See the trailer here.

For more on the movie this is the website.

Release formats: Standard

Genre: Drama

Rating: R (for some bloody violence)

Housefull 2

(Eros) Akshay Kumar, Asin, John Abraham, Jaqueline Fernandes. Four con men pose as rich prospective husbands for four brides. They all wind up living together under the same roof, causing much mistaken identity, much paternal hair-pulling and many spontaneous musical numbers.

See the trailer here.

For more on the movie this is the website

Release formats: Standard

Genre: Bollywood

Rating: NR

Intruders

(Millennium) Clive Owen, Carice van Houten, Pilar Lopez de Ayala, Daniel Bruhl.  The latest from visionary Spanish horror director Juan Carlos Fresnadillo follows two children in two different countries who are haunted by a being known only as Hollow Face. Nobody believes the children when they tell adults about what’s happening to them but as events begin to pile up there is no denying something beyond our understanding is going on.

See the trailer and clips here.

For more on the movie this is the website.

Release formats: Standard

Genre: Horror

Rating: R (for terror, horror violence, some sexuality/nudity and language)

Titanic 3D

(Paramount/Fox) Leonardo di Caprio, Kate Winslet, Billy Zane, David Warner. The all-time box office champ and the winner of more Oscars than any other film in history gets the 3-D treatment. The ship still sinks.

See the trailer, clips and featurettes here.

For more on the movie this is the website

Release formats: Standard, 3D, IMAX 3D

Genre: Romance

Rating: PG-13 (for disaster-related peril and violence, nudity, sensuality and brief language)

We Need to Talk About Kevin

(Oscilloscope Laboratories) Tilda Swinton, John C. Reilly, Ezra Miller, Ashley Gerasimovich. A mother must deal with the fall-out of her son’s heinous actions, as well as the ire of her community. Her relationship with her son is called into question as is her culpability in the acts that he committed. Swinton received a Golden Globe nomination for her role as the mother.

See the trailer and clips here.

For more on the movie this is the website.

Release formats: Standard

Genre: Psychological Thriller

Rating: R (for disturbing violence and behavior, some sexuality and language)

Titanic


Titanic

The great ship on it's last night of it's life.

(20th Century Fox/Paramount) Leonardo di Caprio, Kate Winslet, Billy Zane, Kathy Bates, Frances Fisher, Gloria Stuart, Bill Paxton, Bernard Hill, David Warner, Victor Garber, Jonathan Hyde, Suzy Amis, Danny Nucci, Bernard Fox. Directed by James Cameron

When Avatar was released, few would have predicted that it would overtake Titanic as box office champion but it did indeed. When Titanic was released, there were many who were predicting that the film would be one of the most expensive failures ever.

Brock Lovett (Paxton) is part of an expedition that is tasked with retrieving artifacts from the most famous wreck of all times, the Titanic. It becomes evident that he is searching for something specific; he sends his remote vehicles into a specific cabin and is thrilled when he retrieves a safe, sitting on the bottom of the ocean for 80 years. When he opens the safe, however, the prize isn’t in it.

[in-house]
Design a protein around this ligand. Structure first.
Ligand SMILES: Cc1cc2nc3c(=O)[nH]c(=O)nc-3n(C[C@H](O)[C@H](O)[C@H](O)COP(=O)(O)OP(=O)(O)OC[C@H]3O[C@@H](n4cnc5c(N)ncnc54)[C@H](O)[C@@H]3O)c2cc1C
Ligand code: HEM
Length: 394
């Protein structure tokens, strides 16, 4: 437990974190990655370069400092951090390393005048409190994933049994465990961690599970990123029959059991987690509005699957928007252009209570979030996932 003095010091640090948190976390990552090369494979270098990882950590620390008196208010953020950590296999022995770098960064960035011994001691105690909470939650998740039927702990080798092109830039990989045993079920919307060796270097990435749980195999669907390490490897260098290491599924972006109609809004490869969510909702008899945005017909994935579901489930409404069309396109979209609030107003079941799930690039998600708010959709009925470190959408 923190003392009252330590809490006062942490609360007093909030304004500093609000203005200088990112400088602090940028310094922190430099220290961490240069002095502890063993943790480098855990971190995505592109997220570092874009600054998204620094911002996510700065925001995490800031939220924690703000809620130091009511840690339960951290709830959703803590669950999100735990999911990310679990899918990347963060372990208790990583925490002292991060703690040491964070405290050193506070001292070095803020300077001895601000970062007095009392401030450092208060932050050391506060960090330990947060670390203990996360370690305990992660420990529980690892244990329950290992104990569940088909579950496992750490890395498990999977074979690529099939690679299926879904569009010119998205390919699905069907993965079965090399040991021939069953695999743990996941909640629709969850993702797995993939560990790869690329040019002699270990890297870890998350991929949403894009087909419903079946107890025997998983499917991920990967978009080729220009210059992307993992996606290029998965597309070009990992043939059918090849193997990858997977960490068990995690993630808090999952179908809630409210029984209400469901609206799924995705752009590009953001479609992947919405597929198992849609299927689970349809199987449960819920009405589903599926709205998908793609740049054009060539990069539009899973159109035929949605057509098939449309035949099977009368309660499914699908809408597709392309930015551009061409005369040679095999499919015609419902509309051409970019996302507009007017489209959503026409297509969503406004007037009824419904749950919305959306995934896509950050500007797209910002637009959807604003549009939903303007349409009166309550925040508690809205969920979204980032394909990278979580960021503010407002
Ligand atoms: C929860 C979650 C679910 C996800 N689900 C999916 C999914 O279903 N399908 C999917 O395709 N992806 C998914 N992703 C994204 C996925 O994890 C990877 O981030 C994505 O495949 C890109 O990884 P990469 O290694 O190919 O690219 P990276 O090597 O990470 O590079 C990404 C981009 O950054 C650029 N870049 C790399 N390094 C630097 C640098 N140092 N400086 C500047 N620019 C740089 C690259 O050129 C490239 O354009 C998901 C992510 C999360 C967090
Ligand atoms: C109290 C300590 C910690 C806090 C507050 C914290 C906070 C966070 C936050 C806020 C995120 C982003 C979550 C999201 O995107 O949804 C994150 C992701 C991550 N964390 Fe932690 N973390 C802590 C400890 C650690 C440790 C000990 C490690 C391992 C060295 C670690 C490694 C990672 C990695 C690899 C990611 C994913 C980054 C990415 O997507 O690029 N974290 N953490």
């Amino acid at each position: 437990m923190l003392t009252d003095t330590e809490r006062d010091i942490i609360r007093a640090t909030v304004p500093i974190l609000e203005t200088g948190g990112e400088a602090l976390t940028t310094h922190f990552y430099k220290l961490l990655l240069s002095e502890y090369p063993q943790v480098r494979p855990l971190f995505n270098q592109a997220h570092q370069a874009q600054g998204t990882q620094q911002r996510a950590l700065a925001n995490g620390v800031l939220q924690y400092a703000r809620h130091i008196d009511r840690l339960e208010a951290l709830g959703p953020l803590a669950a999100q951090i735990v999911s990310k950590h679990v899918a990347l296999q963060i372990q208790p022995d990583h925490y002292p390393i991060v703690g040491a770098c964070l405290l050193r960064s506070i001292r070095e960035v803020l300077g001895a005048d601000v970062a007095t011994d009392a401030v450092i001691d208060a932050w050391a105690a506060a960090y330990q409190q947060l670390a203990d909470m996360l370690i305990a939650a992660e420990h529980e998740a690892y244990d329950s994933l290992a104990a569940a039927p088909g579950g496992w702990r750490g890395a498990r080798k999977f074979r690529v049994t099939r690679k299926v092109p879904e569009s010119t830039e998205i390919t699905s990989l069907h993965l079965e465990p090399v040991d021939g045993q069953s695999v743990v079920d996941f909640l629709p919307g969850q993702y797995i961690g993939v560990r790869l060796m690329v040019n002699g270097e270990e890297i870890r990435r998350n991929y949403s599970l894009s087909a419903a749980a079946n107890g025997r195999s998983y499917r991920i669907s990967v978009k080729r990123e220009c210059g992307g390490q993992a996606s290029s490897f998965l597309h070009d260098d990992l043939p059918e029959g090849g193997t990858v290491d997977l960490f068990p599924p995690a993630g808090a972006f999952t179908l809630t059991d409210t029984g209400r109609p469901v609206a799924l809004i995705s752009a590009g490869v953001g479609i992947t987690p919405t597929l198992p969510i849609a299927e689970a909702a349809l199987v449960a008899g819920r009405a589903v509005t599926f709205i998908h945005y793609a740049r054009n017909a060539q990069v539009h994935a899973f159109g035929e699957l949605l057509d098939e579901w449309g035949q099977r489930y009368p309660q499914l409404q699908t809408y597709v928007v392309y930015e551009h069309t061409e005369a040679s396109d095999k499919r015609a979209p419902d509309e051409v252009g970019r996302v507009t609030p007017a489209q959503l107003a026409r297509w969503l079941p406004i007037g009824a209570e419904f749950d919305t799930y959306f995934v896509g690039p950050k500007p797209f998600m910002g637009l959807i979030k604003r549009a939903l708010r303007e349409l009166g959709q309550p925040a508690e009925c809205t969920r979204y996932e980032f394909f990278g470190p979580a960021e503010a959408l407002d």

They do find a portfolio of pencil drawings (how these would have survived immersed in sea water for 80 years I have no idea), one of which depicts a nude woman wearing a necklace with a large stone on it. It turns out this stone is the Heart of the Sea, cut from a larger diamond owned by Louis XIV. It had been purchased by a wealthy industrialist and was presumed to have gone down with the ship he had been sailing across the Atlantic on in 1912 (you guessed it) and would be nearly priceless on today’s market.

When images of the drawing are shown on television, an old woman named Rose Dawson (Stuart) is startled. She makes a call that is transferred to Lovett aboard the Russian research vessel hovering in the sea above the wreck and tells him that the drawing is of her. Seeing as she is Lovett’s best lead to finding the diamond, he flies her aboard. As she watches footage of the deep sea rovers filming aboard the silent, dark wreck in the endless night of the bottom of the North Atlantic, she tells him her story.

Rose deWitt Bukater (Winslet) is preparing for the trans-Atlantic crossing on board the newest and most heralded ship of the White Star line, the RMS Titanic. She is accompanied by Ruth (Fisher), her mother and her fiancé Cal Hockley (Zane), a wealthy industrialist and his manservant Lovejoy (Warner). While most of them are looking forward to a crossing aboard the most luxuriously appointed ship of its time, Rose sees it as a prison ship taking her to a life of endless boredom.

Unlike many women of her era, Rose has a spark of curiosity and adventurousness, curious about the world and in love with life. She dreads being the meek and mindless mistress of a household, caring only for her husband and children’s needs and never spreading her wings. She may look calm and serene on the outside but on the inside she’s screaming.

Jack Dawson (di Caprio) lives by the seat of his pants. He wins his steerage tickets for the great ship in a poker game and looks at the Titanic as a means of transportation only, of getting back to the United States after years of knocking about Europe (and Paris in particular) as an artist, getting by on what drawings he can sell for pennies.

Rose, desperate and looking for a way out, sees only one. She runs to the bow of the ship and intends to throw herself off. Jack, stargazing on the bow sees her and manages to talk her out of carrying through with her plan. She nearly falls climbing over the railing but Jack rescues her. A couple of crewmen come upon Jack and Rose crumpled in a heap and mistakes it for an assault on a first class passenger by a third class passenger. However, as Cal and Lovejoy are summoned along with acquaintance Colonel Gracie (Fox), the misunderstanding is quickly sorted out and Jack is revealed to be a hero. Cal wants to give the boy $20 for his trouble but this displeases Rose and so Jack is invited to the first class passenger’s dining room for dinner the next evening.